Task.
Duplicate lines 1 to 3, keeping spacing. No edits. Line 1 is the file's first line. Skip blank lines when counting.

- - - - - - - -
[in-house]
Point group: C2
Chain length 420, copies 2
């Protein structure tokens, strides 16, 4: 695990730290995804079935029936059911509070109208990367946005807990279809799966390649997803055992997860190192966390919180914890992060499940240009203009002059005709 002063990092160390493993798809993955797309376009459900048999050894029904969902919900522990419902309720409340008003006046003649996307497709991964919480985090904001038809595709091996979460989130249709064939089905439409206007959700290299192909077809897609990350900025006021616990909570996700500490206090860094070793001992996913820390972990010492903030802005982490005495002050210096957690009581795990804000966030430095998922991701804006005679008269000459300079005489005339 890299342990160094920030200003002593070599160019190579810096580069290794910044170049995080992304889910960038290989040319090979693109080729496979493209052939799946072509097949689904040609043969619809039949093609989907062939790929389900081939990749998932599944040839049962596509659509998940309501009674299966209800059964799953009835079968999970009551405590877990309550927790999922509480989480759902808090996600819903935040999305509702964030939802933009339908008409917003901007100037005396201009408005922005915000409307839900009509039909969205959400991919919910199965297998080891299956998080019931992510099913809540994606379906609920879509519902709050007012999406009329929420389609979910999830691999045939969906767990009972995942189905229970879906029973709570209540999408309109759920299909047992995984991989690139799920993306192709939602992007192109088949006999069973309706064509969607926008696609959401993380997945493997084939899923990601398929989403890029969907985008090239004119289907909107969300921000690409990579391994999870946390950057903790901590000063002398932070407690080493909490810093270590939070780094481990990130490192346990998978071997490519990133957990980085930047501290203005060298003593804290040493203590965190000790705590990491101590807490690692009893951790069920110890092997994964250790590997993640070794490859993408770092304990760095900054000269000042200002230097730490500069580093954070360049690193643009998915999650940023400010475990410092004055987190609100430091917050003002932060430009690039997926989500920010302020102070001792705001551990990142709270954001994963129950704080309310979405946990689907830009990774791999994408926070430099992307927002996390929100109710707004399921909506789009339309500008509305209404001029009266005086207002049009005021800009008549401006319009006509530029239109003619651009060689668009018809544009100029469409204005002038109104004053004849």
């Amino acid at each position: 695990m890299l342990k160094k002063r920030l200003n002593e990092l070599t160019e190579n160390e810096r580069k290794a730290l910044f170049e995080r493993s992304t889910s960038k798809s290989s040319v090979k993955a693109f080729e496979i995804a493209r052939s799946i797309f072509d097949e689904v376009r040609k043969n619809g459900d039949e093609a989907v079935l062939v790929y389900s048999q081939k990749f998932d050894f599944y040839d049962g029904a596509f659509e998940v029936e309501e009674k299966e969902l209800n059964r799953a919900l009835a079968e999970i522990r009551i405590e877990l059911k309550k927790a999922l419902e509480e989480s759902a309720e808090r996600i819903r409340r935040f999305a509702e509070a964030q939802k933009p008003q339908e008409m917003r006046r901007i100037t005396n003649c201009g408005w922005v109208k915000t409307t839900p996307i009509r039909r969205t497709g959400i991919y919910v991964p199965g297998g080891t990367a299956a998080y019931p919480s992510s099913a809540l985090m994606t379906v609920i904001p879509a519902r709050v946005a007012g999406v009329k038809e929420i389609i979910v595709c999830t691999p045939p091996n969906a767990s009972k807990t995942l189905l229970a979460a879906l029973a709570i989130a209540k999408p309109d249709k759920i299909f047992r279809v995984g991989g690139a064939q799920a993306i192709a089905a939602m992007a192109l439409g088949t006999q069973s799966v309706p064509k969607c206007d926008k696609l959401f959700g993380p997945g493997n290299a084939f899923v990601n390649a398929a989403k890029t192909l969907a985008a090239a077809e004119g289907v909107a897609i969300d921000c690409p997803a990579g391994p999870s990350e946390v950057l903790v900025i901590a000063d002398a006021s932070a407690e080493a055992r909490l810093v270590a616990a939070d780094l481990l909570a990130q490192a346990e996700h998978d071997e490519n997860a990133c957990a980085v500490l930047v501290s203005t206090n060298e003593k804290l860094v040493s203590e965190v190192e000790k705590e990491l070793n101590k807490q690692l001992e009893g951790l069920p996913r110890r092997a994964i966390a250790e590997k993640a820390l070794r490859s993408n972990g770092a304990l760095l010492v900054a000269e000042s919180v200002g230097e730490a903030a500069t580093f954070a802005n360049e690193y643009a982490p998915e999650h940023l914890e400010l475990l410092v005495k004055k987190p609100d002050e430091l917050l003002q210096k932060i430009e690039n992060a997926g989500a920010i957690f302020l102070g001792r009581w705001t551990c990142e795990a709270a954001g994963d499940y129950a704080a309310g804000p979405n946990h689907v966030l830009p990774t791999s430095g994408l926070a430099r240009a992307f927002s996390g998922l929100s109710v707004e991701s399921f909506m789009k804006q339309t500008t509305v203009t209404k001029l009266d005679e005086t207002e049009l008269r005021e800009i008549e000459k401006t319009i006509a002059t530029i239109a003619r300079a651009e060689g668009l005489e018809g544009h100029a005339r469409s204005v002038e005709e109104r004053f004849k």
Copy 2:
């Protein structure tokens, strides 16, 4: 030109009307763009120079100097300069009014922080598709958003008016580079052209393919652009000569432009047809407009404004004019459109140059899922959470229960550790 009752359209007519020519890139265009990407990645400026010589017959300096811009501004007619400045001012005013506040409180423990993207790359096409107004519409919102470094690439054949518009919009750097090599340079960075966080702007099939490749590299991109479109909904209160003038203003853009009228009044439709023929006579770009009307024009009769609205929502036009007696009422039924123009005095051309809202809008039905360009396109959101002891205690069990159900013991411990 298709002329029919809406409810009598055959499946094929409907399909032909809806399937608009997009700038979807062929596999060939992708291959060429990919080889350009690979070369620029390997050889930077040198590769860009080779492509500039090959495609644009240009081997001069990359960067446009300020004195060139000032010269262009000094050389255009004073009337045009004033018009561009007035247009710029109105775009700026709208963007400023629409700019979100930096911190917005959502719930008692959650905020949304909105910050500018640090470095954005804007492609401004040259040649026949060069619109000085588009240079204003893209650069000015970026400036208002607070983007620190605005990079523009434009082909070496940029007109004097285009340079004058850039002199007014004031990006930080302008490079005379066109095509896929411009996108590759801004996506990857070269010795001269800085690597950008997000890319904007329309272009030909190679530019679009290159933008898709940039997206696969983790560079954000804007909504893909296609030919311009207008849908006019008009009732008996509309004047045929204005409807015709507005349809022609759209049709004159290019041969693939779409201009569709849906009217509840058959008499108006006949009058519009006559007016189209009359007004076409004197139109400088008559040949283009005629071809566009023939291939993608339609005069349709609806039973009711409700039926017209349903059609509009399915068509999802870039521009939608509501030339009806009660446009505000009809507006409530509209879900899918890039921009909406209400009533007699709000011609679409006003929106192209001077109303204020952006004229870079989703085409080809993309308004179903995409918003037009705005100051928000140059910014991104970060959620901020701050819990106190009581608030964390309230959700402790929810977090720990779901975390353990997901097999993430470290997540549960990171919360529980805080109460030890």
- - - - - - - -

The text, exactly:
[in-house]
Point group: C2
Chain length 420, copies 2